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Profiling of protein–protein interactions via single-molecule techniques predicts the dependence of cancers on growth-factor receptors

Nature Biomedical Engineeringvolume 2pages239253 (2018) | Download Citation

Abstract

The accumulation of genetic and epigenetic alterations in cancer cells rewires cellular signalling pathways through changes in the patterns of protein–protein interactions (PPIs). Understanding these patterns may facilitate the design of tailored cancer therapies. Here, we show that single-molecule pull-down and co-immunoprecipitation techniques can be used to characterize signalling complexes of the human epidermal growth-factor receptor (HER) family in specific cancers. By analysing cancer-specific signalling phenotypes, including post-translational modifications and PPIs with downstream interactions, we found that activating mutations of the epidermal growth-factor receptor (EGFR) gene led to the formation of large protein complexes surrounding mutant EGFR proteins and to a reduction in the dependency of mutant EGFR signalling on phosphotyrosine residues, and that the strength of HER-family PPIs is correlated with the strength of the dependence of breast and lung adenocarcinoma cells on HER-family signalling pathways. Furthermore, using co-immunoprecipitation profiling to screen for EGFR-dependent cancers, we identified non-small-cell lung cancers that respond to an EGFR-targeted inhibitor. Our approach might help predict responses to targeted cancer therapies, particularly for cancers that lack actionable genomic mutations.

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Acknowledgements

We thank S. H. Baek and H. Kim (Seoul National University) for technical assistance with the molecular work. This work was supported by the Samsung Science and Technology Foundation under project number SSTF-BA1301-10. Generation of the patient-derived cell lines and tumour xenograft models was supported by the Basic Science Research Program through the National Research Foundation of Korea, funded by the Ministry of Science and ICT (to B.C.C.; project number 2016R1A2B3016282).

Author information

Author notes

    • Hong-Won Lee
    •  & Ji Young Ryu

    Present address: Proteina Co., Ltd., Seoul, South Korea

  1. These authors contributed equally: Hong-Won Lee, Byoungsan Choi, Han Na Kang, Hyunwoo Kim.

Affiliations

  1. School of Biological Sciences and Institute for Molecular Biology and Genetics, Seoul National University, Seoul, South Korea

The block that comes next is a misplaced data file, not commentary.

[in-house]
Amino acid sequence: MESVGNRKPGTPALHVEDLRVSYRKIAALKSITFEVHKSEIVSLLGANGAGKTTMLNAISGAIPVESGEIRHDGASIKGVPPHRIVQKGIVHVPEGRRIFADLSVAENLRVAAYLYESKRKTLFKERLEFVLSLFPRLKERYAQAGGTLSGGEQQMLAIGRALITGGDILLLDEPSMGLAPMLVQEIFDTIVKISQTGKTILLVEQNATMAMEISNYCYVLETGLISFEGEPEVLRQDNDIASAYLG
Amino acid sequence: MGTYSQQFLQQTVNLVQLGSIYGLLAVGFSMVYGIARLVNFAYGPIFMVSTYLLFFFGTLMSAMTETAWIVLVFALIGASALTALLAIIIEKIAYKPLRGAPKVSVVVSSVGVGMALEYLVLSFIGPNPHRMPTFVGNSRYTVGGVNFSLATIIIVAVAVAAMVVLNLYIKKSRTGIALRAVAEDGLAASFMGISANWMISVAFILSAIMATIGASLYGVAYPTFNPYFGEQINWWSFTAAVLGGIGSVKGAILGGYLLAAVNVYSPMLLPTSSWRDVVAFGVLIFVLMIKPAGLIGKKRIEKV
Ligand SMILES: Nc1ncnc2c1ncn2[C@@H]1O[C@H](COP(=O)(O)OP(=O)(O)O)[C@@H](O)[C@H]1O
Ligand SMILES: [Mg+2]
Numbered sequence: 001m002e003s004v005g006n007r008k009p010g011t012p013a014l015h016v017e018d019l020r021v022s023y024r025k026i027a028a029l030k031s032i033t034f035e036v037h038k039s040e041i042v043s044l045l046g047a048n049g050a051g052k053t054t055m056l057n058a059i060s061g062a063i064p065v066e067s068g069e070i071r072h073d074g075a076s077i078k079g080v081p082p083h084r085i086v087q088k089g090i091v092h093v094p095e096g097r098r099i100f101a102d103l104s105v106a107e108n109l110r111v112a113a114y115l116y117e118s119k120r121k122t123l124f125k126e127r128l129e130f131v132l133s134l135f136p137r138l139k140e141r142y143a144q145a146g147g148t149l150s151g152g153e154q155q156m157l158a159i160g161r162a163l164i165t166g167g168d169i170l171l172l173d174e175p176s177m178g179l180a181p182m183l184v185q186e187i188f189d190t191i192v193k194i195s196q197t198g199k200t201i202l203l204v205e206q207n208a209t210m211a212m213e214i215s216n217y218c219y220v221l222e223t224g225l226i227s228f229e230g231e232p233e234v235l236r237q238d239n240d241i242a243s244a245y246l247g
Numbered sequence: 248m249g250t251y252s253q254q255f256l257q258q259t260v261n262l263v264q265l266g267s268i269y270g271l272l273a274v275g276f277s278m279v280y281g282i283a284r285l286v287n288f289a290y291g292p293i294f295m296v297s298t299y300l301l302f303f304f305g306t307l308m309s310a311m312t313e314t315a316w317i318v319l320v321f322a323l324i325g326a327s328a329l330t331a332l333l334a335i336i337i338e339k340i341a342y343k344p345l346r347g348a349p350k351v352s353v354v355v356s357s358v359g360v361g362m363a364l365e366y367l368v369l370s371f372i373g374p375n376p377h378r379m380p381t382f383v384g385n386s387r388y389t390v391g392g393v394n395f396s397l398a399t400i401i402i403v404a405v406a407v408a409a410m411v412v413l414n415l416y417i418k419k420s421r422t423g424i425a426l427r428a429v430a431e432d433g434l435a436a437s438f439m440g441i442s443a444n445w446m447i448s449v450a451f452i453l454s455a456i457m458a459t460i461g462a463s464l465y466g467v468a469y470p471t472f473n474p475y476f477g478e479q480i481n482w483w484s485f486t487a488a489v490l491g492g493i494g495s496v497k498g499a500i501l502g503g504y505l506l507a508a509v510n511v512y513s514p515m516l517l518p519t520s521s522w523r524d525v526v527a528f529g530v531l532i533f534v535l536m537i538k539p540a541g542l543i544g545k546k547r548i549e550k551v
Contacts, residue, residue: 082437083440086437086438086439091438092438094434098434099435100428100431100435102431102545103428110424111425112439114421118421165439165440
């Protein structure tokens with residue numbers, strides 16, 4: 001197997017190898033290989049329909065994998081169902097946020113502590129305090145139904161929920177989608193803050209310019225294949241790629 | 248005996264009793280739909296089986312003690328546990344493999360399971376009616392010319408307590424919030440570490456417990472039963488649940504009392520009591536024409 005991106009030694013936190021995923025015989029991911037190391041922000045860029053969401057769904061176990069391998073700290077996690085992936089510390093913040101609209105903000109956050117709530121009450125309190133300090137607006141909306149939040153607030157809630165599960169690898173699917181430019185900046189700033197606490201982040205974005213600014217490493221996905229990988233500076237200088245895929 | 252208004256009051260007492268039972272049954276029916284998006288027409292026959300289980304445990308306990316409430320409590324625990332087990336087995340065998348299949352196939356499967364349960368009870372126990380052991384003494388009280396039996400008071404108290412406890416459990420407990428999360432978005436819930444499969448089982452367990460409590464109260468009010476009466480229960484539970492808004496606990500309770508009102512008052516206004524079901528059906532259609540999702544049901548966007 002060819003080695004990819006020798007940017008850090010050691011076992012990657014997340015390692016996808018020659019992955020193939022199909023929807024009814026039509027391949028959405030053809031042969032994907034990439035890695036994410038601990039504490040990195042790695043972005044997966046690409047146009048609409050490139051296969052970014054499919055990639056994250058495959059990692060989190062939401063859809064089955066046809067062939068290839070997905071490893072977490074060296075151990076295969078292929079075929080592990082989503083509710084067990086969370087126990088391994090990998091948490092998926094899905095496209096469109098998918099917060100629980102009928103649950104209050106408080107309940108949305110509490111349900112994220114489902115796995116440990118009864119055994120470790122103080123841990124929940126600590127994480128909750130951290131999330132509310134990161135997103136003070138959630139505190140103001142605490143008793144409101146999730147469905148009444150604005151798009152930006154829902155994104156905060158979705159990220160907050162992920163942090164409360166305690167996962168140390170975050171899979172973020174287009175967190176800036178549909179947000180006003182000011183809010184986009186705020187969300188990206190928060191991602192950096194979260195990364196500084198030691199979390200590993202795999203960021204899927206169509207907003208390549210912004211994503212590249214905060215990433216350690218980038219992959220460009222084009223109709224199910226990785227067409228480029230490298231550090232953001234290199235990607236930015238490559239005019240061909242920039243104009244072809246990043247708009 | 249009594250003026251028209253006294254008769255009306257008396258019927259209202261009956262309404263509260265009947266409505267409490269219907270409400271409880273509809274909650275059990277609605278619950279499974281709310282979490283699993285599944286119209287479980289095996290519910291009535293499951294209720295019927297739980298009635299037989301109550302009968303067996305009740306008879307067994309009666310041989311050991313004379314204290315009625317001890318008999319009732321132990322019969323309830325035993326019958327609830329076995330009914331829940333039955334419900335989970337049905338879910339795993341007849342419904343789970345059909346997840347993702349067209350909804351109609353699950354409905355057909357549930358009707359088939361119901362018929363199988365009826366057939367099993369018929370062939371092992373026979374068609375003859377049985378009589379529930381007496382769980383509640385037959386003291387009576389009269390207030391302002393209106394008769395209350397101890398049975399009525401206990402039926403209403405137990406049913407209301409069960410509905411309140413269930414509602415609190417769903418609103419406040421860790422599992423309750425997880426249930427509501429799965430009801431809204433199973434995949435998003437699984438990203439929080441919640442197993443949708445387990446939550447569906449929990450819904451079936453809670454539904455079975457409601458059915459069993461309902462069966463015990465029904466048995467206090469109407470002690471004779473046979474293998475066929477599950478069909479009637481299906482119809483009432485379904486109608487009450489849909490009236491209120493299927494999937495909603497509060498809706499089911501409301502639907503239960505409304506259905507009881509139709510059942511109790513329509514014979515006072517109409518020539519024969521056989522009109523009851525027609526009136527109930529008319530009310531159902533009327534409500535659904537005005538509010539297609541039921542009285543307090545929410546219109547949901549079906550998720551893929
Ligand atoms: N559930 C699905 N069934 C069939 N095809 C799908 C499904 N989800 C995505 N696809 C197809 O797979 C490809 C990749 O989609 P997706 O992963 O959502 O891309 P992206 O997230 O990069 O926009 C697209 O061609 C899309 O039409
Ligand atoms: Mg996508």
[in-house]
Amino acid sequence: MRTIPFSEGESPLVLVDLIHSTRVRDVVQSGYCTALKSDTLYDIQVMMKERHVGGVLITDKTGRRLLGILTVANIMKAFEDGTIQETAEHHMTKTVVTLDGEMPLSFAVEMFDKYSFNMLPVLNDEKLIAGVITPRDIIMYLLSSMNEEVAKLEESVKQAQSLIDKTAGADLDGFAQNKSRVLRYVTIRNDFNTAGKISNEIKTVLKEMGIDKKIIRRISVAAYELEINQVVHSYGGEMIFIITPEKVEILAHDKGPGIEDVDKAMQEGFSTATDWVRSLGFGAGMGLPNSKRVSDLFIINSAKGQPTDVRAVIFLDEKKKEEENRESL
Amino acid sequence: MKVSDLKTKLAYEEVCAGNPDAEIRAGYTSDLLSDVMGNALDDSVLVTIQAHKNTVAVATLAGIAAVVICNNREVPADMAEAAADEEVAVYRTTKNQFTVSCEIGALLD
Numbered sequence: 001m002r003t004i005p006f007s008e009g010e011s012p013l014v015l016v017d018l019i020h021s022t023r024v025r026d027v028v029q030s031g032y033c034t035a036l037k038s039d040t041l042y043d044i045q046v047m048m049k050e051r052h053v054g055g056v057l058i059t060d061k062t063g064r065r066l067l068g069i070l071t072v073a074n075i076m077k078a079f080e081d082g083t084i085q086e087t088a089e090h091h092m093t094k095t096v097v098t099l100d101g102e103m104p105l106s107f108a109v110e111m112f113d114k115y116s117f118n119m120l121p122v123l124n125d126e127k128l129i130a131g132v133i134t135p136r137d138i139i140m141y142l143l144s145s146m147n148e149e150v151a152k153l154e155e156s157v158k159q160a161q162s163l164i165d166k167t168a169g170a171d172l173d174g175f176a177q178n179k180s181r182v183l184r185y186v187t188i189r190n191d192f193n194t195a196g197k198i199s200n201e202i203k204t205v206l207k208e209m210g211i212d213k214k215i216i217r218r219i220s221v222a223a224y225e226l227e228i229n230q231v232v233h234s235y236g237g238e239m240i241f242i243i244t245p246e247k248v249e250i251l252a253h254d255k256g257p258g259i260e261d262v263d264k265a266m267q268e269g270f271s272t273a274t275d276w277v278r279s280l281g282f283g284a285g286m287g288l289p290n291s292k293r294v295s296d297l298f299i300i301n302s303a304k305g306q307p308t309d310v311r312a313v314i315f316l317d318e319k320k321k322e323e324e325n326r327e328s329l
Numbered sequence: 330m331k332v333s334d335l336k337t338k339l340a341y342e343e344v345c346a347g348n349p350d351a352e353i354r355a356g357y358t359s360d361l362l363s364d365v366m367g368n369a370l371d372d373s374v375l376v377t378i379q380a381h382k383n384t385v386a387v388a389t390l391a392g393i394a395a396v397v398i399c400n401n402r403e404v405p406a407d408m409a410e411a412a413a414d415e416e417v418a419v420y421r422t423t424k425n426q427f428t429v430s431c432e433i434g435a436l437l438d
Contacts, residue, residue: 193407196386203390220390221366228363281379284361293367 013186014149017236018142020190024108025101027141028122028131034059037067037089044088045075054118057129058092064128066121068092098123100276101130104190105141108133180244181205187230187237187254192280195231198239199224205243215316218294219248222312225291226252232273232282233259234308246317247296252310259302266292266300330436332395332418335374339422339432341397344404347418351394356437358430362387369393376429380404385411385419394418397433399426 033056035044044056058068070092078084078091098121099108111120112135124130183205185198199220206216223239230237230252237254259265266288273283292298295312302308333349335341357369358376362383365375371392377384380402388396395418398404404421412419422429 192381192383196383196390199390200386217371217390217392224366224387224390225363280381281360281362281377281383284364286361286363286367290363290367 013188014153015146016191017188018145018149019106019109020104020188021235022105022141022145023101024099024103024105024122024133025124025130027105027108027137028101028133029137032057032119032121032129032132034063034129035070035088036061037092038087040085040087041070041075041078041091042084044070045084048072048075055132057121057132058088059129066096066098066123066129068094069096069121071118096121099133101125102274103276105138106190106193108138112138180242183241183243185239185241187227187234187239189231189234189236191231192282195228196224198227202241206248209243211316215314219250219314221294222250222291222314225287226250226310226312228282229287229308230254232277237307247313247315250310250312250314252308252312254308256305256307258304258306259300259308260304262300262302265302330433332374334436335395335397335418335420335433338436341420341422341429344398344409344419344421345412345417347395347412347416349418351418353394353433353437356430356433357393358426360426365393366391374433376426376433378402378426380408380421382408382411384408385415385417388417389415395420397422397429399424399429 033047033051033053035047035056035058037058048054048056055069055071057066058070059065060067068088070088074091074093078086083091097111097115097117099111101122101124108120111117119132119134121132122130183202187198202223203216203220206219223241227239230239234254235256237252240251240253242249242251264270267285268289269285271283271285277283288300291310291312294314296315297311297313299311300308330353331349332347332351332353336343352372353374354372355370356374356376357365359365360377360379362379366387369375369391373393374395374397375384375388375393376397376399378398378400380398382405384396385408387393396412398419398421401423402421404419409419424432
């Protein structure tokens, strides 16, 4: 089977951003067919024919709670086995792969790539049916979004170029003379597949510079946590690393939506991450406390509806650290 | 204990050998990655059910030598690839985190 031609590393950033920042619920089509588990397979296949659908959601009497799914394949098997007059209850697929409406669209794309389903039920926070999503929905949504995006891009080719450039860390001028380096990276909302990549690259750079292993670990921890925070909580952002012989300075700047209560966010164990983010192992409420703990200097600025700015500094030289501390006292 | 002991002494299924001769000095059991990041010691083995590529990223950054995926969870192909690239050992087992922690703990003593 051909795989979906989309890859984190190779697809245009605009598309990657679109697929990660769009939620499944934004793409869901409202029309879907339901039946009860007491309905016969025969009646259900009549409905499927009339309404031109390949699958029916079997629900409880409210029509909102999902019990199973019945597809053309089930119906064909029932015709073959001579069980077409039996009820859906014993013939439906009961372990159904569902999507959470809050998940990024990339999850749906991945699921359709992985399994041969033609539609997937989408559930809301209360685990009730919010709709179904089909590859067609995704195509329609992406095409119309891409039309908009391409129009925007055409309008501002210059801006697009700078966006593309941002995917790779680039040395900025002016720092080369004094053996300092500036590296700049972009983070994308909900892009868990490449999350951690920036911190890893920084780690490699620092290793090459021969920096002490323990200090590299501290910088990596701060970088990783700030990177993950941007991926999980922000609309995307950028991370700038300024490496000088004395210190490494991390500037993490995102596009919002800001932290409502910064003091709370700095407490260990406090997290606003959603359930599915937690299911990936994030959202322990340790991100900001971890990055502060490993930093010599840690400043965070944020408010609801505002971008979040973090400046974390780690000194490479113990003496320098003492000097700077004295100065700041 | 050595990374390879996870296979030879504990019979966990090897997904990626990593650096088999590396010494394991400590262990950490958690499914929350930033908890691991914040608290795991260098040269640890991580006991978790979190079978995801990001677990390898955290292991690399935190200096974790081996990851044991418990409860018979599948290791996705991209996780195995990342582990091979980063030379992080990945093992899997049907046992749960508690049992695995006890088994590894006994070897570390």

• Hong-Won Lee
    • , Ji Young Ryu
    • , Min Ju Shon
    •  & Tae-Young Yoon
  2. Center for Nanomedicine, Institute for Basic Science (IBS), Yonsei University, Seoul, South Korea

    • Hong-Won Lee
    • , Ji Young Ryu
    •  & Tae-Young Yoon
  3. Yonsei-IBS Institute, Yonsei University, Seoul, South Korea

    • Hong-Won Lee
    • , Ji Young Ryu
    •  & Tae-Young Yoon
  4. Department of Physics, Korea Advanced Institute of Science and Technology (KAIST), Daejeon, South Korea

    • Hong-Won Lee
    • , Byoungsan Choi
    • , Hyunwoo Kim
    • , Minkwon Cha
    • , Ji Young Ryu
    • , Sangwoo Park
    •  & Tae-Young Yoon
  5. Division of Medical Oncology, Department of Internal Medicine, Yonsei Cancer Center, Yonsei University College of Medicine, Seoul, South Korea

    • Han Na Kang
    • , Jinyoung Sohn
    • , Mi Ran Yun
    • , Joo Yeun Han
    •  & Byoung Chul Cho
  6. Department of Internal Medicine, Seoul National University Hospital, Cancer Research Institute, Seoul National University College of Medicine, Seoul, South Korea

    • Ahrum Min
    •  & Seock-Ah Im
  7. Graduate School of Medical Science and Engineering, KAIST, Daejeon, South Korea

    • Kihyuk Shin
    •  & Seung-Hyo Lee
  8. Department of Dermatology, Pusan National University School of Medicine, Busan, South Korea

    • Kihyuk Shin
  9. Center for Theragnosis, Biomedical Research Institute, Korea Institute of Science and Technology, Seoul, South Korea

    • Cherlhyun Jeong
  10. Department of Biochemistry and Molecular Biology, Cancer Research Institute, Seoul National University College of Medicine, Seoul, South Korea

    • Junho Chung

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Contributions

H.-W.L., J.C., S.-H.L., S.-A.I., B.C.C. and T.-Y.Y. designed the experiments. H.-W.L., B.C., H.K., S.P., M.C., C.J. and T.-Y.Y. performed the single-molecule experiments. H.N.K., J.S., K.S., S.-H.L. and B.C.C. characterized the lung adenocarcinoma cells. A.M. and S.-A.I. characterized the breast cancer cells. H.N.K., M.R.Y., J.Y.H. and B.C.C. generated the PDTXs and measured their drug responses. H.-W.L., J.Y.R. and M.J.S. developed the single-molecule imaging and analysis programs. H.-W.L. and H.K. performed the PLA analysis. H.-W.L. and T.-Y.Y. wrote the paper with input from all authors.

Competing interests

H.-W.L. and T.-Y.Y. hold a patent based on these findings (PCT/KR2014/010299). S.-A.I. received research funding from AstraZeneca and acts in an advisory role for Novartis and AstraZeneca. H.-W.L. and J.Y.R. are senior scientists at Proteina.

Corresponding authors

Correspondence to Seock-Ah Im or Byoung Chul Cho or Tae-Young Yoon.

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https://doi.org/10.1038/s41551-018-0212-3

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